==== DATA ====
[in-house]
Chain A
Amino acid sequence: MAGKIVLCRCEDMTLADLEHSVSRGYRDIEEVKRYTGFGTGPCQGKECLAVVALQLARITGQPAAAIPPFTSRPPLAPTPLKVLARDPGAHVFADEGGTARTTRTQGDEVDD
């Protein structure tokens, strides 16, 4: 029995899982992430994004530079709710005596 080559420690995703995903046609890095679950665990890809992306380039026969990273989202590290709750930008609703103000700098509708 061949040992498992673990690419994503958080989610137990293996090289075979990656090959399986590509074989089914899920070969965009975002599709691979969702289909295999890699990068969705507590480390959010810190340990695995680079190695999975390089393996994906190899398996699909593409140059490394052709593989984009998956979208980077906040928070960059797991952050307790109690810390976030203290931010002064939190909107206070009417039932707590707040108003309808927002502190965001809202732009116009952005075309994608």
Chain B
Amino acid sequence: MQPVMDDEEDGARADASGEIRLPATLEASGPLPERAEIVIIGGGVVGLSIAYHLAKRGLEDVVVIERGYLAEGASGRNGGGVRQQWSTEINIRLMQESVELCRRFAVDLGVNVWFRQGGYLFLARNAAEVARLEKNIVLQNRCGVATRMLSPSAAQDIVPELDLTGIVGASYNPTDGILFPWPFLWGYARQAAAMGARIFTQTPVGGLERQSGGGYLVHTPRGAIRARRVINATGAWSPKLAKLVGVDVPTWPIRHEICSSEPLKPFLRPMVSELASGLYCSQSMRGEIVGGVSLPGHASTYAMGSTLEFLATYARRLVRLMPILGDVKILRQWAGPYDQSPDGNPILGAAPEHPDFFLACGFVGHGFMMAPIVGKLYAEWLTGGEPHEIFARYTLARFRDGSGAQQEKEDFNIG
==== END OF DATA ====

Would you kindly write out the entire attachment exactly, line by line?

[in-house]
Chain A
Amino acid sequence: MAGKIVLCRCEDMTLADLEHSVSRGYRDIEEVKRYTGFGTGPCQGKECLAVVALQLARITGQPAAAIPPFTSRPPLAPTPLKVLARDPGAHVFADEGGTARTTRTQGDEVDD
């Protein structure tokens, strides 16, 4: 029995899982992430994004530079709710005596 080559420690995703995903046609890095679950665990890809992306380039026969990273989202590290709750930008609703103000700098509708 061949040992498992673990690419994503958080989610137990293996090289075979990656090959399986590509074989089914899920070969965009975002599709691979969702289909295999890699990068969705507590480390959010810190340990695995680079190695999975390089393996994906190899398996699909593409140059490394052709593989984009998956979208980077906040928070960059797991952050307790109690810390976030203290931010002064939190909107206070009417039932707590707040108003309808927002502190965001809202732009116009952005075309994608």
Chain B
Amino acid sequence: MQPVMDDEEDGARADASGEIRLPATLEASGPLPERAEIVIIGGGVVGLSIAYHLAKRGLEDVVVIERGYLAEGASGRNGGGVRQQWSTEINIRLMQESVELCRRFAVDLGVNVWFRQGGYLFLARNAAEVARLEKNIVLQNRCGVATRMLSPSAAQDIVPELDLTGIVGASYNPTDGILFPWPFLWGYARQAAAMGARIFTQTPVGGLERQSGGGYLVHTPRGAIRARRVINATGAWSPKLAKLVGVDVPTWPIRHEICSSEPLKPFLRPMVSELASGLYCSQSMRGEIVGGVSLPGHASTYAMGSTLEFLATYARRLVRLMPILGDVKILRQWAGPYDQSPDGNPILGAAPEHPDFFLACGFVGHGFMMAPIVGKLYAEWLTGGEPHEIFARYTLARFRDGSGAQQEKEDFNIG